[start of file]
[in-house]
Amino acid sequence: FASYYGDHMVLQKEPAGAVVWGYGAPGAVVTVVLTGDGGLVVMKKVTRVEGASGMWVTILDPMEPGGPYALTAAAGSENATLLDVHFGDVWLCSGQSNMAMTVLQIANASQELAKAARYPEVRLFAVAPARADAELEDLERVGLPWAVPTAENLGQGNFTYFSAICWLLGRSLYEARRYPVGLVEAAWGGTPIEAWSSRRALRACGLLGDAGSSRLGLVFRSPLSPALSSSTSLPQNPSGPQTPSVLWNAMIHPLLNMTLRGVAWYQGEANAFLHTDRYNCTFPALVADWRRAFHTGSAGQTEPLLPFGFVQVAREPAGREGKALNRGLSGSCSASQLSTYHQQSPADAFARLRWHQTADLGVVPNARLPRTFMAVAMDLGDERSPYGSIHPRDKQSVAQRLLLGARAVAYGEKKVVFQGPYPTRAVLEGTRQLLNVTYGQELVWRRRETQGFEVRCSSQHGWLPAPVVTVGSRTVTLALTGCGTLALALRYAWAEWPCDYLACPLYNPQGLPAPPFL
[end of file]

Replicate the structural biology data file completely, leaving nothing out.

[in-house]
Amino acid sequence: FASYYGDHMVLQKEPAGAVVWGYGAPGAVVTVVLTGDGGLVVMKKVTRVEGASGMWVTILDPMEPGGPYALTAAAGSENATLLDVHFGDVWLCSGQSNMAMTVLQIANASQELAKAARYPEVRLFAVAPARADAELEDLERVGLPWAVPTAENLGQGNFTYFSAICWLLGRSLYEARRYPVGLVEAAWGGTPIEAWSSRRALRACGLLGDAGSSRLGLVFRSPLSPALSSSTSLPQNPSGPQTPSVLWNAMIHPLLNMTLRGVAWYQGEANAFLHTDRYNCTFPALVADWRRAFHTGSAGQTEPLLPFGFVQVAREPAGREGKALNRGLSGSCSASQLSTYHQQSPADAFARLRWHQTADLGVVPNARLPRTFMAVAMDLGDERSPYGSIHPRDKQSVAQRLLLGARAVAYGEKKVVFQGPYPTRAVLEGTRQLLNVTYGQELVWRRRETQGFEVRCSSQHGWLPAPVVTVGSRTVTLALTGCGTLALALRYAWAEWPCDYLACPLYNPQGLPAPPFL